Konjac, also known as glucomannan, is a herb that grows in parts of Asia. It’s known for its starchy corm, a tuber-like part of the stem that grows underground. The corm is used to make a rich source of soluble dietary fibre.
It is used as a gelatin substitute and to thicken or add texture to foods. It’s also used in traditional Chinese medicine. In the Western world, they are best known as a dietary supplement for weight loss and cholesterol management.
Konjac side effects
Glucomannan is generally well-tolerated. Like most high-fibre products, however, it may cause digestive problems such as:
- Diarrhea or loose stools
- Abdominal pain
Benefits of Konjac
The high fibre content of Konjac has many health benefits. Soluble fibre helps lower cholesterol and blood glucose levels. A diet high in fibre may also help regulate bowel movements, prevent hemorrhoids, and help prevent diverticular disease. Here’s what the research says:
A 2008 study found that glucomannan may help prevent constipation. The study showed that adding glucomannan to a low-fibre diet increased the amounts of probiotic bacteria in feces. It also increased bowel movement function by 30 per cent.
Fibre is filling. Eating it regularly helps keep you fuller longer, so you’re less likely to overeat or snack between meals. Konjac also expands in the stomach to help keep you full.
According to a 2005 study trusted Source, adding a glucomannan fibre supplement to a balanced, 1,200-calorie diet caused more weight loss than a 1,200-calorie diet plus a placebo. Adding fibre supplement (guar gum or alginate) didn’t have an impact.
A 2008 systematic review found that Konjac may help lower total cholesterol, LDL (bad) cholesterol, and triglycerides. It also reduces body weight and fasting blood sugar. Researchers concluded that glucomannan could be an adjuvant therapy for people with diabetes and high cholesterol. A later study found that it lowered LDL and recommended its use to reduce the risk of cardiovascular disease.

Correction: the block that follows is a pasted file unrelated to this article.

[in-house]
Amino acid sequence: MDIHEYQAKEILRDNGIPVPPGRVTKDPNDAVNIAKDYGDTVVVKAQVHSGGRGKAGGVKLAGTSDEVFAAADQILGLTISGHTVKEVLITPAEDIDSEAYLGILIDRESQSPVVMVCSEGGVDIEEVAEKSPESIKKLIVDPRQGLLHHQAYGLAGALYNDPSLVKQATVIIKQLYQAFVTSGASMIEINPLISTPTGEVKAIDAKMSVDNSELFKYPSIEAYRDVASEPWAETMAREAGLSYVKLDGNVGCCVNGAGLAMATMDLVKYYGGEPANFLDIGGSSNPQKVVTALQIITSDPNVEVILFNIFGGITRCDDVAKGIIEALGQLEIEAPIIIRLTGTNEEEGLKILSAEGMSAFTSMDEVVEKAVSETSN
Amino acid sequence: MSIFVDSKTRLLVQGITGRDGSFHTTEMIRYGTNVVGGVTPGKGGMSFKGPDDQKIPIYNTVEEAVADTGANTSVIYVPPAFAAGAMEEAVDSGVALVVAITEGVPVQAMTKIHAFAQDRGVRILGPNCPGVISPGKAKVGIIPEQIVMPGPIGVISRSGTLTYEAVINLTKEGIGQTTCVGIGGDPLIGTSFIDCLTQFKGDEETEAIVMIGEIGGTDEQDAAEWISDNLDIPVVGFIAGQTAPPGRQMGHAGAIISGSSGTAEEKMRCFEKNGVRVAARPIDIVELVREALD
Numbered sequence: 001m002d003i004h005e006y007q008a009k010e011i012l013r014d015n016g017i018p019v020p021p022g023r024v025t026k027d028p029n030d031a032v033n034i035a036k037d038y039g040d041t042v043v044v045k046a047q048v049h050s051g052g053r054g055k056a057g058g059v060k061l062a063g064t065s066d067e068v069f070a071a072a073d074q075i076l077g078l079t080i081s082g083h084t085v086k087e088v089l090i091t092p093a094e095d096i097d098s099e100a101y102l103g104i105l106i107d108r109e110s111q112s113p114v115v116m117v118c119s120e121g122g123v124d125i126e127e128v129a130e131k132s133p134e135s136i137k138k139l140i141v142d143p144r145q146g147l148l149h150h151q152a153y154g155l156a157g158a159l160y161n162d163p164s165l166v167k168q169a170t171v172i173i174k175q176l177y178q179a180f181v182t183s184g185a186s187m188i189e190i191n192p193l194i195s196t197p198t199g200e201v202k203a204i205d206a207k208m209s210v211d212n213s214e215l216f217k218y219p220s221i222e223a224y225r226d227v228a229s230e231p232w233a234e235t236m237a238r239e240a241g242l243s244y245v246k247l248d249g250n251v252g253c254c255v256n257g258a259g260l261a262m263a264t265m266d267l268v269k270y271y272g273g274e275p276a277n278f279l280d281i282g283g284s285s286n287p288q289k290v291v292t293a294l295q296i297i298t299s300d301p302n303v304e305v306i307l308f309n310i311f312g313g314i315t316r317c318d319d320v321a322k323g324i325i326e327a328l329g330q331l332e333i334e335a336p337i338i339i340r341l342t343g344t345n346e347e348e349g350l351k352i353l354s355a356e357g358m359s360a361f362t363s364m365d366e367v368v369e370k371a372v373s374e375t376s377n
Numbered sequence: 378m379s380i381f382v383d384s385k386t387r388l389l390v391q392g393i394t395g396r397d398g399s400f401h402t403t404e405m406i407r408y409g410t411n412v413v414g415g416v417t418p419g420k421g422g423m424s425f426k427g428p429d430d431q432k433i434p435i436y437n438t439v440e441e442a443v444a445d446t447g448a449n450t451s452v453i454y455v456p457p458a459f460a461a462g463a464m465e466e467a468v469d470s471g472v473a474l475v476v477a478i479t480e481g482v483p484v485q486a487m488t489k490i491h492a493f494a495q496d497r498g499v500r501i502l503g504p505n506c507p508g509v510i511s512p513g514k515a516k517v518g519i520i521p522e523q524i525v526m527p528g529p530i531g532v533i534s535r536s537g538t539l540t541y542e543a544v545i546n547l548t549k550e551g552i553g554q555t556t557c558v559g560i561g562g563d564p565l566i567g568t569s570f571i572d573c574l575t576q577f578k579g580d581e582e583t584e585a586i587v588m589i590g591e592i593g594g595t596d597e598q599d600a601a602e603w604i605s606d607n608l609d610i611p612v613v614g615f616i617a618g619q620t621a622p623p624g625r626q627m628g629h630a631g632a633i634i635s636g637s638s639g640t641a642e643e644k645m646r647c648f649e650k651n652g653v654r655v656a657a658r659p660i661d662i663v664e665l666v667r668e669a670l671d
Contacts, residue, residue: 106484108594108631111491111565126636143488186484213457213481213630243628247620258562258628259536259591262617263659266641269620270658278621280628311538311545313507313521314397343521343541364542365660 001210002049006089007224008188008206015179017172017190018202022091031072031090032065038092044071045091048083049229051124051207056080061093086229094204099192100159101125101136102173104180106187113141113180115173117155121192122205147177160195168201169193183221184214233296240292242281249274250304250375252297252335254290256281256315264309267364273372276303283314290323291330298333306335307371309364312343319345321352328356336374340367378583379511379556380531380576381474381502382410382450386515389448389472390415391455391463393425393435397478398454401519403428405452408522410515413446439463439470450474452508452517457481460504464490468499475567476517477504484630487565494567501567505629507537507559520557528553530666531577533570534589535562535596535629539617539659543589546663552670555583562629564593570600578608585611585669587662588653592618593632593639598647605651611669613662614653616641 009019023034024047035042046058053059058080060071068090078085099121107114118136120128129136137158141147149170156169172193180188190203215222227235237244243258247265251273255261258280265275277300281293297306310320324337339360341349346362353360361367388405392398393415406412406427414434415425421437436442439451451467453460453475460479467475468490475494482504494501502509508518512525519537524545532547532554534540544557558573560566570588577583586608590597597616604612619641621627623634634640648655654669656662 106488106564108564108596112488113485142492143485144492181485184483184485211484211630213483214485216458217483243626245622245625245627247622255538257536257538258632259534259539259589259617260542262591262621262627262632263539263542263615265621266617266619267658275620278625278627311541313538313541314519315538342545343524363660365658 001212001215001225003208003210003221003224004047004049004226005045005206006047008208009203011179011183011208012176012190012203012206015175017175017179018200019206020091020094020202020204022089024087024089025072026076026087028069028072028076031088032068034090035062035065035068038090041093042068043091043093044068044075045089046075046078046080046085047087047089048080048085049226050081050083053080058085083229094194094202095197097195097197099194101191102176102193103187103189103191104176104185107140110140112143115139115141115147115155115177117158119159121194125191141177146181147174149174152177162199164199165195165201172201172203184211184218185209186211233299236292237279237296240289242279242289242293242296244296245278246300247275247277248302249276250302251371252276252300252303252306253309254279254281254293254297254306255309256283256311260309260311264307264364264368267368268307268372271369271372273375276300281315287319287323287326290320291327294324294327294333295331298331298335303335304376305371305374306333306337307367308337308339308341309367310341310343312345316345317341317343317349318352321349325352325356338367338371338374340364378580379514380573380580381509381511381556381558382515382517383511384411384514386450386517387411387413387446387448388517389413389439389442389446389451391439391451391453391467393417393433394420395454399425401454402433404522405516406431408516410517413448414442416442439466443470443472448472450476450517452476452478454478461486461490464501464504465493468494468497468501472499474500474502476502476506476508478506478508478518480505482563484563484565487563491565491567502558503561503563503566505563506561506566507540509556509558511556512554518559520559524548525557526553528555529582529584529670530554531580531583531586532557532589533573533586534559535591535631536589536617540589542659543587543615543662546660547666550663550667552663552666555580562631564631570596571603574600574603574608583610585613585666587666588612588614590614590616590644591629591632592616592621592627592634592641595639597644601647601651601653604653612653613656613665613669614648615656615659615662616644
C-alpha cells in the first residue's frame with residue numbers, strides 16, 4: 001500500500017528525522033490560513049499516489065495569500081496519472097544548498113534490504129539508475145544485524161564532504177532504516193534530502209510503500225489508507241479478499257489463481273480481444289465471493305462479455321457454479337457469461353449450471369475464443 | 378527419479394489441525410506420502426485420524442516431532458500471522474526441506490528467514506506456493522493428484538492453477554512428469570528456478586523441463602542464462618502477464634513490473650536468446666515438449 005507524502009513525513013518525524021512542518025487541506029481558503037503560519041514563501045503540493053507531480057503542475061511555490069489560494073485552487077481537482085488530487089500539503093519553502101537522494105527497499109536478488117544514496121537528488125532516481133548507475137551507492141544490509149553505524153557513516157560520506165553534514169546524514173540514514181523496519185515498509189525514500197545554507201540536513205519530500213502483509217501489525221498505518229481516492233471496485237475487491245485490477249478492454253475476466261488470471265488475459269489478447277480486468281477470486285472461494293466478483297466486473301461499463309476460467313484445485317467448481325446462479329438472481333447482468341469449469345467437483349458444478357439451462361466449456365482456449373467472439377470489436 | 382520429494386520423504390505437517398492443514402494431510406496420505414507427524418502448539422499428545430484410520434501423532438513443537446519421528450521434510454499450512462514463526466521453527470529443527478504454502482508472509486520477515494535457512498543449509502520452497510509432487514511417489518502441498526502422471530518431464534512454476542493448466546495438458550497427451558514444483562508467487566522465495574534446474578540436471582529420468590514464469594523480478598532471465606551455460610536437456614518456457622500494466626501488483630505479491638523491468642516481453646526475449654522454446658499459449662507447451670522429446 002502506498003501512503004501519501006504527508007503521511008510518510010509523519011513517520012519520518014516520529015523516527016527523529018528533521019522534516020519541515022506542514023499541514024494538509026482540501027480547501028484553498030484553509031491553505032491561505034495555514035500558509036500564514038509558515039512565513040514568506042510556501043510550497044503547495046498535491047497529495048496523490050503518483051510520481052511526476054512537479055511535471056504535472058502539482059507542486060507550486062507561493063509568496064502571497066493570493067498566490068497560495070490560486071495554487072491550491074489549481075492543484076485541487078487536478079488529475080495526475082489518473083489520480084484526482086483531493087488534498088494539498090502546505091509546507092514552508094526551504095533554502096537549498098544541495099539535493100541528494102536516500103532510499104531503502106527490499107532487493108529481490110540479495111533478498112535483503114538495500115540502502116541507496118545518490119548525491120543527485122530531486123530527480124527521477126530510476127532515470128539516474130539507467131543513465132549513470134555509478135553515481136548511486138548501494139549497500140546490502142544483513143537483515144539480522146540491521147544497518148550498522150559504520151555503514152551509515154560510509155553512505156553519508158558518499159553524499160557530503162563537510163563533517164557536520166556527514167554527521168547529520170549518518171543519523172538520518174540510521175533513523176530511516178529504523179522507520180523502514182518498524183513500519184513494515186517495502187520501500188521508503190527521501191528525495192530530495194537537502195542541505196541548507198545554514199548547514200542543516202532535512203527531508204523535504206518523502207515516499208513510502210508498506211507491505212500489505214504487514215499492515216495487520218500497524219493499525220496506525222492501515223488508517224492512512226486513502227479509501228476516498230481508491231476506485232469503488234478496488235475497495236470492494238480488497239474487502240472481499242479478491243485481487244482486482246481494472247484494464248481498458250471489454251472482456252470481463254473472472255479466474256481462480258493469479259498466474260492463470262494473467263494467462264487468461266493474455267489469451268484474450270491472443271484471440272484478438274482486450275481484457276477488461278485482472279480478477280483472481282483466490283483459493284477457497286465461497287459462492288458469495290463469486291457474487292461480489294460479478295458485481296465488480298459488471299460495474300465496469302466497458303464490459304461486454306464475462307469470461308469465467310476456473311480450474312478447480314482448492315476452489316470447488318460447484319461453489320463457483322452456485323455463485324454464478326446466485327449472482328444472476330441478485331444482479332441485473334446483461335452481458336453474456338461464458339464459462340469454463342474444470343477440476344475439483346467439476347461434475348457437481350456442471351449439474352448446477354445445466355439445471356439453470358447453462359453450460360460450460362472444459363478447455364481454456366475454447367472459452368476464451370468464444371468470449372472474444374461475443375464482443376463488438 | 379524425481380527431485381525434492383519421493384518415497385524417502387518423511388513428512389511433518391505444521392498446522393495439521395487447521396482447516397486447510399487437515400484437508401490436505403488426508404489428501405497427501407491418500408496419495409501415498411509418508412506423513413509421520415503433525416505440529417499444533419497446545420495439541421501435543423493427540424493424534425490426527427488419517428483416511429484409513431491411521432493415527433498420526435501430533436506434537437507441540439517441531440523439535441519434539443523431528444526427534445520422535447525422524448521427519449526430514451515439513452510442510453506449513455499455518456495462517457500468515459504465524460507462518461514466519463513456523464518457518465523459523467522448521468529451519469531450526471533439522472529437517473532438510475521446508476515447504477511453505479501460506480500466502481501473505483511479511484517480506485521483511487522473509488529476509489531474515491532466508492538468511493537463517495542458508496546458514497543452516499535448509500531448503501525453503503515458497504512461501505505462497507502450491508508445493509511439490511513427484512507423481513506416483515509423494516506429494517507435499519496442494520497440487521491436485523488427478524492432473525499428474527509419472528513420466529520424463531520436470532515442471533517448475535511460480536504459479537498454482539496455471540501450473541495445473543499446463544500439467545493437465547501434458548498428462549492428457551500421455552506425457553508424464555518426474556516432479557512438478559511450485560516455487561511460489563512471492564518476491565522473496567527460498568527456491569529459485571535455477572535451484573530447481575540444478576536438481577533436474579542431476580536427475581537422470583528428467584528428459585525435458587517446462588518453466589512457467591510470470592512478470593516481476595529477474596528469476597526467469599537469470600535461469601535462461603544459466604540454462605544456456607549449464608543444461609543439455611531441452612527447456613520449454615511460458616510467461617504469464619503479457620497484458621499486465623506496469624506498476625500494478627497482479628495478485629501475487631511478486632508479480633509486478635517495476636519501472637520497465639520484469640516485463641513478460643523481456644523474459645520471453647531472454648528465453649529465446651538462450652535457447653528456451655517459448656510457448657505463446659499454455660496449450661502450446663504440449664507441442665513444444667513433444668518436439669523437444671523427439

How to use Konjac
Konjac supplements are available online or in most natural health stores. There’s no approved, standardised dose of Konjac but it is recommended to take it with plenty of water, preferably before a meal. Recommended dosages vary by manufacturer and what you’re using it for. They typically range from 2 to 6 grams. Follow the manufacturer’s dosage instructions, or contact your doctor or a qualified natural health practitioner for advice.
More recently, Food company’s are incorporating Konjac into their products to create weight loss and healthy food options. One of the leaders in this group is Slendier. Slendier has developed a health range of Konjac weight loss pasta, noodles and rice have proven so popular that they’ve extended the range to include pasta sauces, bean pasta, ready to eat meals and smoothies.
Risks and Precautions
According to the FDA, some Konjac candies have caused choking deaths in the elderly and in children. This prompted the FDA to issue an import alert in 2011 for these candies. These candies have a gelatinous structure that doesn’t dissolve in the mouth like other gelatin products.
Konjac supplements may also expand in your esophagus or bowel and cause an obstruction. The risk is higher if you:
- Take Konjac tablets
- Take Konjac in any form without water
- Are elderly
- Have problems swallowing
Several countries have banned the use of Konjac because of the high incidence of bowel or throat obstruction. Children and pregnant or breastfeeding women should not take Konjac supplements.
Stop taking Konjac and get medical help if you have symptoms of an allergic reaction such as:
- Difficulty breathing
- Hives or a rash
- Itchy skin
- Rapid heart rate
Glucomannan has been shown to lower blood sugar levels. It may slow the absorption of sugar, so people with diabetes should carefully monitor their blood sugar. Consult your doctor before using it if you take insulin or other diabetes medications.